1.1 Managing the European economy after the introduction of the Euro
In many ways the introduction of the Euro both begged the question of an integrated financial system for Europe (or the Euro-zone in the first instance) and was stimulated by its own success. This success can be measured in terms of a relatively low-inflation economy and, after a shaky start, the Euro's emergence as an international currency of some repute. Thus one of the first issues to deal with in this course is the background to the institutional changes that Economic and Monetary Union (EMU) has occasioned and benefited from. The key institutional development here is the creation of the European Central Bank (ECB) and how it has gone about conducting monetary policy; this is considered in Section 1 3. But monetary policy cannot be properly dealt with without at the same time considering the trajectory of fiscal policy, which is considered in SubSection 1.4.1 in connection with the fate of the Stability and Growth Pact (SGP).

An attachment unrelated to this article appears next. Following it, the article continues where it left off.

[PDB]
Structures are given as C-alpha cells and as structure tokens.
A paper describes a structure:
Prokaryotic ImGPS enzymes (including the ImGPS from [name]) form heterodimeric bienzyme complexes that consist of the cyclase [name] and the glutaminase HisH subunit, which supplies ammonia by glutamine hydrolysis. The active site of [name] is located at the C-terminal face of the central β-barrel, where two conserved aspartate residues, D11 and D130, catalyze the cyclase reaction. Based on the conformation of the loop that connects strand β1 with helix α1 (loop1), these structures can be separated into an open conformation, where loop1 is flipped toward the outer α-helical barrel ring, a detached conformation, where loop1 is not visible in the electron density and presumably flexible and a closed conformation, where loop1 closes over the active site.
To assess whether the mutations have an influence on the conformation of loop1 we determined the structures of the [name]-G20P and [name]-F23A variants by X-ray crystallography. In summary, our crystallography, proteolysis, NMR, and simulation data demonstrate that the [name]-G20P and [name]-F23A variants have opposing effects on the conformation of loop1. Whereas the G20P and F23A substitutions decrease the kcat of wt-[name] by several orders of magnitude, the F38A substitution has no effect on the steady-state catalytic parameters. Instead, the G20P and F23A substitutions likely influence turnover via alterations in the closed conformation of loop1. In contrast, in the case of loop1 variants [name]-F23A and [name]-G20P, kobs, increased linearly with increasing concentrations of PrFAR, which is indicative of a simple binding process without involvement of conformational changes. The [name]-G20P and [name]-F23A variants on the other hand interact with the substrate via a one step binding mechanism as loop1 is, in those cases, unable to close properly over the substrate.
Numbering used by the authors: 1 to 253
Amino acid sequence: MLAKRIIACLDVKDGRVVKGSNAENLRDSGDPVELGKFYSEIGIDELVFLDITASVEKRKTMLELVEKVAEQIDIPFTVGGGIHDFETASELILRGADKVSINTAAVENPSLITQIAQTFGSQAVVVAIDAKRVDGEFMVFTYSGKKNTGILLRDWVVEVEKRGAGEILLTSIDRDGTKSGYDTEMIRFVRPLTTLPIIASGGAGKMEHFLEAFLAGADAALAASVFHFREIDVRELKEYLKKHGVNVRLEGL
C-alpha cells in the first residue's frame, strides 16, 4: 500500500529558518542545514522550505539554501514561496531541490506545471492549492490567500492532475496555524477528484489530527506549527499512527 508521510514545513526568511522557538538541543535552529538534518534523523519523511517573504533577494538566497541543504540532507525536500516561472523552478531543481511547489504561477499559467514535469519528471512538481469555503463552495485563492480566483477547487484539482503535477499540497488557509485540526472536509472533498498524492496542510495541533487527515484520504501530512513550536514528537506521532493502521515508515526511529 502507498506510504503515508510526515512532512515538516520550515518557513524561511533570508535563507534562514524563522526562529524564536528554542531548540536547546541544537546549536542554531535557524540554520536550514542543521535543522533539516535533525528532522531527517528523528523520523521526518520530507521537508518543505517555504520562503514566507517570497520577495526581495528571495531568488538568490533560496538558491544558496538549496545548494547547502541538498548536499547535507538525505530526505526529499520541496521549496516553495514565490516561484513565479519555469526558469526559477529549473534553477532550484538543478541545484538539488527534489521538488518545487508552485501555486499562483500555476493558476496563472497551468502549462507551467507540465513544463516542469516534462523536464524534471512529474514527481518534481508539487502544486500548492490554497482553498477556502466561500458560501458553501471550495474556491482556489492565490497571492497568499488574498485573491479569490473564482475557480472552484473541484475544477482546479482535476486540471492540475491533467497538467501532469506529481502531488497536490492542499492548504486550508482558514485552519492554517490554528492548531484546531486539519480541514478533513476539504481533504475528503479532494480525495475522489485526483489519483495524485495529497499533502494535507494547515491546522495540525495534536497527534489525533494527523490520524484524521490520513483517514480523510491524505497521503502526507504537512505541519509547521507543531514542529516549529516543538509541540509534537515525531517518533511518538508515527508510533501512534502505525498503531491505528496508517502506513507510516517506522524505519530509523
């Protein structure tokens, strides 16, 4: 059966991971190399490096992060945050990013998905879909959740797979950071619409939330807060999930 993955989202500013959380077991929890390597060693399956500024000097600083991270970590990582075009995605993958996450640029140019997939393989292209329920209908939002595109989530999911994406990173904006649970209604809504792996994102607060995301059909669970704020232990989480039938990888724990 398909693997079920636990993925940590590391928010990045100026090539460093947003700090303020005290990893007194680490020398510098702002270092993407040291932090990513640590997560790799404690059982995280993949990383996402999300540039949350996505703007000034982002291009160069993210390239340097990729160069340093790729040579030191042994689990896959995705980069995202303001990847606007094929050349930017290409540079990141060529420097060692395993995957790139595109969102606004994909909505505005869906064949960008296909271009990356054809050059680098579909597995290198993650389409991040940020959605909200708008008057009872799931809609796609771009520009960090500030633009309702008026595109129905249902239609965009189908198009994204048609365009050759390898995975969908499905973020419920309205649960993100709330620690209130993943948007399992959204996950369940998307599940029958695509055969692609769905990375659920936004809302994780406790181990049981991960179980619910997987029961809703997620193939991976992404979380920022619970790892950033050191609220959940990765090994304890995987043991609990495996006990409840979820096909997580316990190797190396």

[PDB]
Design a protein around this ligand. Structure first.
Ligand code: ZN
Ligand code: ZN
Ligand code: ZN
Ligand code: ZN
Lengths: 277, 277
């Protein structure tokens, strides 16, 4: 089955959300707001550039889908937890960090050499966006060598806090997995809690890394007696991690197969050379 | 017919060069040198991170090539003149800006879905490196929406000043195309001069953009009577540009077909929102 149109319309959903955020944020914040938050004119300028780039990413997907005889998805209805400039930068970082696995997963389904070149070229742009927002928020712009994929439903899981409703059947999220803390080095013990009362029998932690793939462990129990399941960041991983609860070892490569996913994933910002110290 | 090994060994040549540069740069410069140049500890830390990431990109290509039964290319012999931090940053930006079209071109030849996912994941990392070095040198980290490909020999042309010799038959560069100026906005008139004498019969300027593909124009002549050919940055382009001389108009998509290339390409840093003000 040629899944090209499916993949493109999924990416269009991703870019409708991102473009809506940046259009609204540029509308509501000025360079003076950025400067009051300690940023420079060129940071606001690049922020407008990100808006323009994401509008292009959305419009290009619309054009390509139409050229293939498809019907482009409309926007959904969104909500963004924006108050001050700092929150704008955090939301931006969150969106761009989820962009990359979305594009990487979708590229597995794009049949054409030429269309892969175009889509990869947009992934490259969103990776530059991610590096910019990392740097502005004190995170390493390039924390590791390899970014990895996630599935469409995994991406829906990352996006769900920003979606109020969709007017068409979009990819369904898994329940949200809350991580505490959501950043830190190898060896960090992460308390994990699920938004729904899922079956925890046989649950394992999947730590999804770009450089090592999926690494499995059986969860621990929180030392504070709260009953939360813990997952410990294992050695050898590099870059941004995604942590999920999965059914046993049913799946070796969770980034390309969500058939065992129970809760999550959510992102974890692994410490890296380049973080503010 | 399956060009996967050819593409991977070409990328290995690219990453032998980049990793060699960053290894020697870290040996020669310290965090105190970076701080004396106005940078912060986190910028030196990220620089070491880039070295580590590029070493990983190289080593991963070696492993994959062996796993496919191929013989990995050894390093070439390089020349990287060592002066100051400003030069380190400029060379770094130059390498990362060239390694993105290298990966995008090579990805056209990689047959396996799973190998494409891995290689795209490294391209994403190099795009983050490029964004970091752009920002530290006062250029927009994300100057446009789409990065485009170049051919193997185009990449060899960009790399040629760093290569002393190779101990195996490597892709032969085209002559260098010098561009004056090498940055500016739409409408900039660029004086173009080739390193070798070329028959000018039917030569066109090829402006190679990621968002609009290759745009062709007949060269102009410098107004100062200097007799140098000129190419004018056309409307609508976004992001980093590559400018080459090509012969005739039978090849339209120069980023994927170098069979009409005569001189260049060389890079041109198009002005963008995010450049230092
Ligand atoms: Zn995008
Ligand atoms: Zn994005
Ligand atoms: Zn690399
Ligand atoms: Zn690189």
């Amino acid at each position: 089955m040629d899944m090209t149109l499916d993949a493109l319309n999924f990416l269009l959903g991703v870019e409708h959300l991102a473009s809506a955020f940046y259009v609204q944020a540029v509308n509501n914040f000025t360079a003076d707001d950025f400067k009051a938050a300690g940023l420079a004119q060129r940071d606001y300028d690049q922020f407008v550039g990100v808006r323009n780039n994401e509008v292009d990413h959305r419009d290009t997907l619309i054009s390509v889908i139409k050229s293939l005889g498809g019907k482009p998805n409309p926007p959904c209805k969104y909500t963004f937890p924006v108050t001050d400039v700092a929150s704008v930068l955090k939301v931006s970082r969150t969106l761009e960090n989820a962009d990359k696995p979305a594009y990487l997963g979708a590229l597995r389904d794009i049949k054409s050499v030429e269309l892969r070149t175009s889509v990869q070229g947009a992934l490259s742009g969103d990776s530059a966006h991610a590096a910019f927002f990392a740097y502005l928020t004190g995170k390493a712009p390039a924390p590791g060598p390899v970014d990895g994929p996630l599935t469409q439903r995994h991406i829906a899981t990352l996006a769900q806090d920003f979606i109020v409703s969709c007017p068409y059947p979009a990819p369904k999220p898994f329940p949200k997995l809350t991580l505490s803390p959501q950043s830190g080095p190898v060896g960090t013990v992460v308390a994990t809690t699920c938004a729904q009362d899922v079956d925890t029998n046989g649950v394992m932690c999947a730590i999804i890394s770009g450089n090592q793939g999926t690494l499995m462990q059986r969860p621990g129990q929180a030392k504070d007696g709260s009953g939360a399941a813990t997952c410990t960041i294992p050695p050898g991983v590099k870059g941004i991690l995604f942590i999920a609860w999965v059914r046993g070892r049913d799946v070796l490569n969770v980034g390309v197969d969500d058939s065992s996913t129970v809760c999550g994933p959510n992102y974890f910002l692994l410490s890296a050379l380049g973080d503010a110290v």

Of course, the Euro is not only a common currency for the Euro-zone but it is also a major international currency. The characteristic's of the Euro's role as an international currency are considered in Section 5. Connected to this are issues thrown up for the monetary and financial future of Europe by the expansion of the EU from fifteen member states to twenty-five in May 2004, and the further possible enlargement to come; these issues are considered in SubSection 1.6.1. Finally, some of the remaining political consequences of the development of the Euro in the context of EU economic policy making, and the future direction of Europe as a whole, are dealt with in .
But before all of this, it is useful to remind ourselves of the importance of the EU in the international context relative to other main potential competitor economies and zones. This is the object of SubSection 1.2.1.